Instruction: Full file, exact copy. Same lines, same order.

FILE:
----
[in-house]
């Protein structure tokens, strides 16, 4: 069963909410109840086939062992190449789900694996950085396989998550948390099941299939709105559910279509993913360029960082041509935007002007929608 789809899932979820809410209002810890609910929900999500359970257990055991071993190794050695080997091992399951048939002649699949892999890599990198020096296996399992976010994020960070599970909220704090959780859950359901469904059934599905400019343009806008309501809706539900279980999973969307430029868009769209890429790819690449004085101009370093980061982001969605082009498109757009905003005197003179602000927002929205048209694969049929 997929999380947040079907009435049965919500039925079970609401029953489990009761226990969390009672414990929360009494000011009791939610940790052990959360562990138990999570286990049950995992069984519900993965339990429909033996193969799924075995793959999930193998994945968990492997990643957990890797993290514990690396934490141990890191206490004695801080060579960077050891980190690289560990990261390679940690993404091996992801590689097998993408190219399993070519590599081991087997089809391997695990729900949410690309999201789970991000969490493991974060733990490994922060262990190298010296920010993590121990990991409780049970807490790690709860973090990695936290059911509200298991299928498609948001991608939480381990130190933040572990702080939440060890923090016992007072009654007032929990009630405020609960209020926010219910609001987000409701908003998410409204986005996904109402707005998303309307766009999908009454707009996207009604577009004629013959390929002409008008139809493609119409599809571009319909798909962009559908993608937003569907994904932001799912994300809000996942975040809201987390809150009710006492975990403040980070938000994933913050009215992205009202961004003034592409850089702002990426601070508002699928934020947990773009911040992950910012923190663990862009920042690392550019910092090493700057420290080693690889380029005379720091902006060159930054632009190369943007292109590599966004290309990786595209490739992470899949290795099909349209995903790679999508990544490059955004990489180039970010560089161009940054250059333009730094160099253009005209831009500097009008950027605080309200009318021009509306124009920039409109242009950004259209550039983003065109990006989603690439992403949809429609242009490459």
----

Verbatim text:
[in-house]
């Protein structure tokens, strides 16, 4: 069963909410109840086939062992190449789900694996950085396989998550948390099941299939709105559910279509993913360029960082041509935007002007929608 789809899932979820809410209002810890609910929900999500359970257990055991071993190794050695080997091992399951048939002649699949892999890599990198020096296996399992976010994020960070599970909220704090959780859950359901469904059934599905400019343009806008309501809706539900279980999973969307430029868009769209890429790819690449004085101009370093980061982001969605082009498109757009905003005197003179602000927002929205048209694969049929 997929999380947040079907009435049965919500039925079970609401029953489990009761226990969390009672414990929360009494000011009791939610940790052990959360562990138990999570286990049950995992069984519900993965339990429909033996193969799924075995793959999930193998994945968990492997990643957990890797993290514990690396934490141990890191206490004695801080060579960077050891980190690289560990990261390679940690993404091996992801590689097998993408190219399993070519590599081991087997089809391997695990729900949410690309999201789970991000969490493991974060733990490994922060262990190298010296920010993590121990990991409780049970807490790690709860973090990695936290059911509200298991299928498609948001991608939480381990130190933040572990702080939440060890923090016992007072009654007032929990009630405020609960209020926010219910609001987000409701908003998410409204986005996904109402707005998303309307766009999908009454707009996207009604577009004629013959390929002409008008139809493609119409599809571009319909798909962009559908993608937003569907994904932001799912994300809000996942975040809201987390809150009710006492975990403040980070938000994933913050009215992205009202961004003034592409850089702002990426601070508002699928934020947990773009911040992950910012923190663990862009920042690392550019910092090493700057420290080693690889380029005379720091902006060159930054632009190369943007292109590599966004290309990786595209490739992470899949290795099909349209995903790679999508990544490059955004990489180039970010560089161009940054250059333009730094160099253009005209831009500097009008950027605080309200009318021009509306124009920039409109242009950004259209550039983003065109990006989603690439992403949809429609242009490459």